Anyone who saw Brek Shea right after FC Dallas drafted him second overall in the 2008 MLS Super Draft knew he had all the makings of a star. Not only did the College Station native have good size at 6-foot-3 but he also had great pace, physical skills and a clear competitive fire that would allow him to not only thrive in Major League Soccer but possibly with the US national team and maybe abroad in the future.
So, when Shea broke out for five goals and four assists in 2010, many knew it was only the tip of the iceberg for the young Texan. In 2011, he led FCD with 11 goals, was an MLS All-Star and also saw his star rise on the USNT front with the hiring of new head coach Jurgen Klinsmann.
All in all, 2011 was a great year. But there was one thing about Shea this year that has to be noted. As great as he was in the first half of the ’11 MLS season, he seemed to disappear down the stretch and leading into the playoffs. Thanks to a run to the semifinals of the Lamar Hunt US Open Cup and in the CONCACAF Champions League, Dallas played 14 more games than they did in all of 2010, when they finished the year in MLS Cup.
FCD head coach Schellas Hyndman fielded his same first 11 for many of these games in these other competitions and down the stretch, the considerable toll of all those minutes, nicks, bruises and even travel started to show. Dallas limped to the end of the regular season, crashed out of the CCL and whimpered into the playoffs.
Consider the fact that while his teammates were getting some much-needed time off, more often than not, Shea was not as he was being called in for USNT matches by Klinsmann. In fact, on one such occasion, Hyndman didn’t have Shea available for a starting role in an October match at Chicago, one where FCD ended up clinching a second straight playoff spot, because Shea had started and played the first half for the US the night before in an international friendly.
Shea was one of those players showing a great deal of fatigue in the second half. But it wasn't just physical for this talented 21-year-old. Hyndman lamented the fact that much of Brek’s fatigue was of the mental variety and while he did have a goal against Vancouver late in the regular season, prior to that one he hadn’t scored in six league games.
In the season-ending loss to New York in the wild card round of the MLS Playoffs, Shea was basically a non-factor for the entire 90 minutes. Maybe a good deal of the credit for that performance goes to Red Bulls gaffer Hans Backe for having a superior gameplan but for much of the latter part of the season, it was clear that like the rest of FCD, Brek was more than a bit tired and not his usual self that we all saw earlier in the year.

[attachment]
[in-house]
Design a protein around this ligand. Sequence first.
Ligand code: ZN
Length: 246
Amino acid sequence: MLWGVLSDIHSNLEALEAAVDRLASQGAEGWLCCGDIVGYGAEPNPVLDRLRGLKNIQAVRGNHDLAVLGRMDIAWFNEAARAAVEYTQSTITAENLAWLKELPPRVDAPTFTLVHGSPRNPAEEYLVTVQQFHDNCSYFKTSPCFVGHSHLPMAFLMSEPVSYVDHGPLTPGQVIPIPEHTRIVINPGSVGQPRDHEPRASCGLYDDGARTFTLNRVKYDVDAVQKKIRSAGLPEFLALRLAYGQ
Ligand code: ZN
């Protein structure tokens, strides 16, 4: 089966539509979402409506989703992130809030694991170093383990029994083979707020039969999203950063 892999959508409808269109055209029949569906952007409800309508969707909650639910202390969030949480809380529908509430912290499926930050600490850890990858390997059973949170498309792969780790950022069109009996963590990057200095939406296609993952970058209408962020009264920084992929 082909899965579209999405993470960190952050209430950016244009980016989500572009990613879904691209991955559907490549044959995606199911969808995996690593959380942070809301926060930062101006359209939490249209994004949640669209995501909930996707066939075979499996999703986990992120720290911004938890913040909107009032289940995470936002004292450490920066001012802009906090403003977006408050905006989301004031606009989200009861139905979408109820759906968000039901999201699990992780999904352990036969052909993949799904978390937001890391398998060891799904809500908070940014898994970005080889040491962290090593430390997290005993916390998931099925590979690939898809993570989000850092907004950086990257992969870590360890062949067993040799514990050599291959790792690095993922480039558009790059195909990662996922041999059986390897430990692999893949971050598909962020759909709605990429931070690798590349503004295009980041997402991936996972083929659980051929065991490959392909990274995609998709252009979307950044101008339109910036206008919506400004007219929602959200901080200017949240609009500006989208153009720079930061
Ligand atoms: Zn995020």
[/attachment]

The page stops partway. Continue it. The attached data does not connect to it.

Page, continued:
So, when news came out earlier this week that Shea had indeed been called in by Klinsmann for a pair of matches by the US and also that he would be training with English Premier League side Arsenal in December, the natural reaction from fans was of excitement. Sure, it’s great to see the players from your favorite club log minutes with the national team and to also see them train with a side from the Premiership, but there’s also a down side to all this.
According to reports, FCD is set to begin preseason training on January 15, 2012. That is about 10 weeks from now. With Shea set to play for the US in a pair of upcoming friendlies and then train with Arsenal in December, when is this kid going to get some much-needed and well-deserved rest?
Some will counter with the fact that he’s only 21 and he’ll have plenty of time to recuperate between playing for the US and heading across the pond in December and that might be true. But for a kid who was obviously suffering from severe mental and physical fatigue down the stretch, shouldn’t some R&R be the first order of business for Shea?
Getting called in by the national team is a huge honor and it’s clear Brek’s fortunes on that front have been rising under the new regime. It’s also a big deal for him to get to train with Arsenal. But will all this be worth it if he doesn’t get the proper amount of time off this off-season and his form suffers heading into 2012?
Here’s hoping young Brek Shea gets some time off. For all he accomplished in 2011, he definitely deserves it.